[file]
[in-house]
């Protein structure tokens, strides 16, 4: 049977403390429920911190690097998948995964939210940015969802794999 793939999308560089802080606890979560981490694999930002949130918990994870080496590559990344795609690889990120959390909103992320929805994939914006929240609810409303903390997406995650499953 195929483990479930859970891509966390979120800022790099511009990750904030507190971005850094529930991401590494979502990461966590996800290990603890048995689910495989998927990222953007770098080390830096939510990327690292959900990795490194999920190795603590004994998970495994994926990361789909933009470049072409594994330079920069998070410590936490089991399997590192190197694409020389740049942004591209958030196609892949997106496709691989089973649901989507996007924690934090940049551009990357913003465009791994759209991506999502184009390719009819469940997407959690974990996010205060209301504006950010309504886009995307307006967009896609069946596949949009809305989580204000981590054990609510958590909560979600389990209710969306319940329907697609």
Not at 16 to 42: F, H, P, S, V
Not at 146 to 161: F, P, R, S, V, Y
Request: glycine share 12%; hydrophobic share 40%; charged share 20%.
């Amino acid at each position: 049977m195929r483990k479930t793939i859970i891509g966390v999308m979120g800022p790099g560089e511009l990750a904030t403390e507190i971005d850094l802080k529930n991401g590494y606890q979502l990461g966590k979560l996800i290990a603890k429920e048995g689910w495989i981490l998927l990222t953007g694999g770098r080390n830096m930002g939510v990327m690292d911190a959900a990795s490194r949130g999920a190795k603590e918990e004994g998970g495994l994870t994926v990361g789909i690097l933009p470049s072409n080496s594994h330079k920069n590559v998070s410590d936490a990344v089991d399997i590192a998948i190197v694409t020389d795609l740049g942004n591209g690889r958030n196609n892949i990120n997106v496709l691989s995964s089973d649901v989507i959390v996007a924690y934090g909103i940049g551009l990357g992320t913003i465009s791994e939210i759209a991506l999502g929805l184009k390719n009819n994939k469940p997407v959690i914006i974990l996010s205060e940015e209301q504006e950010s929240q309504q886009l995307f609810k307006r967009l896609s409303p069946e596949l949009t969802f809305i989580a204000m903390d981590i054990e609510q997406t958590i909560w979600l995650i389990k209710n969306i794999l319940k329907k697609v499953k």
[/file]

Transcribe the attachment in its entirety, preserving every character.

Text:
[in-house]
């Protein structure tokens, strides 16, 4: 049977403390429920911190690097998948995964939210940015969802794999 793939999308560089802080606890979560981490694999930002949130918990994870080496590559990344795609690889990120959390909103992320929805994939914006929240609810409303903390997406995650499953 195929483990479930859970891509966390979120800022790099511009990750904030507190971005850094529930991401590494979502990461966590996800290990603890048995689910495989998927990222953007770098080390830096939510990327690292959900990795490194999920190795603590004994998970495994994926990361789909933009470049072409594994330079920069998070410590936490089991399997590192190197694409020389740049942004591209958030196609892949997106496709691989089973649901989507996007924690934090940049551009990357913003465009791994759209991506999502184009390719009819469940997407959690974990996010205060209301504006950010309504886009995307307006967009896609069946596949949009809305989580204000981590054990609510958590909560979600389990209710969306319940329907697609």
Not at 16 to 42: F, H, P, S, V
Not at 146 to 161: F, P, R, S, V, Y
Request: glycine share 12%; hydrophobic share 40%; charged share 20%.
């Amino acid at each position: 049977m195929r483990k479930t793939i859970i891509g966390v999308m979120g800022p790099g560089e511009l990750a904030t403390e507190i971005d850094l802080k529930n991401g590494y606890q979502l990461g966590k979560l996800i290990a603890k429920e048995g689910w495989i981490l998927l990222t953007g694999g770098r080390n830096m930002g939510v990327m690292d911190a959900a990795s490194r949130g999920a190795k603590e918990e004994g998970g495994l994870t994926v990361g789909i690097l933009p470049s072409n080496s594994h330079k920069n590559v998070s410590d936490a990344v089991d399997i590192a998948i190197v694409t020389d795609l740049g942004n591209g690889r958030n196609n892949i990120n997106v496709l691989s995964s089973d649901v989507i959390v996007a924690y934090g909103i940049g551009l990357g992320t913003i465009s791994e939210i759209a991506l999502g929805l184009k390719n009819n994939k469940p997407v959690i914006i974990l996010s205060e940015e209301q504006e950010s929240q309504q886009l995307f609810k307006r967009l896609s409303p069946e596949l949009t969802f809305i989580a204000m903390d981590i054990e609510q997406t958590i909560w979600l995650i389990k209710n969306i794999l319940k329907k697609v499953k």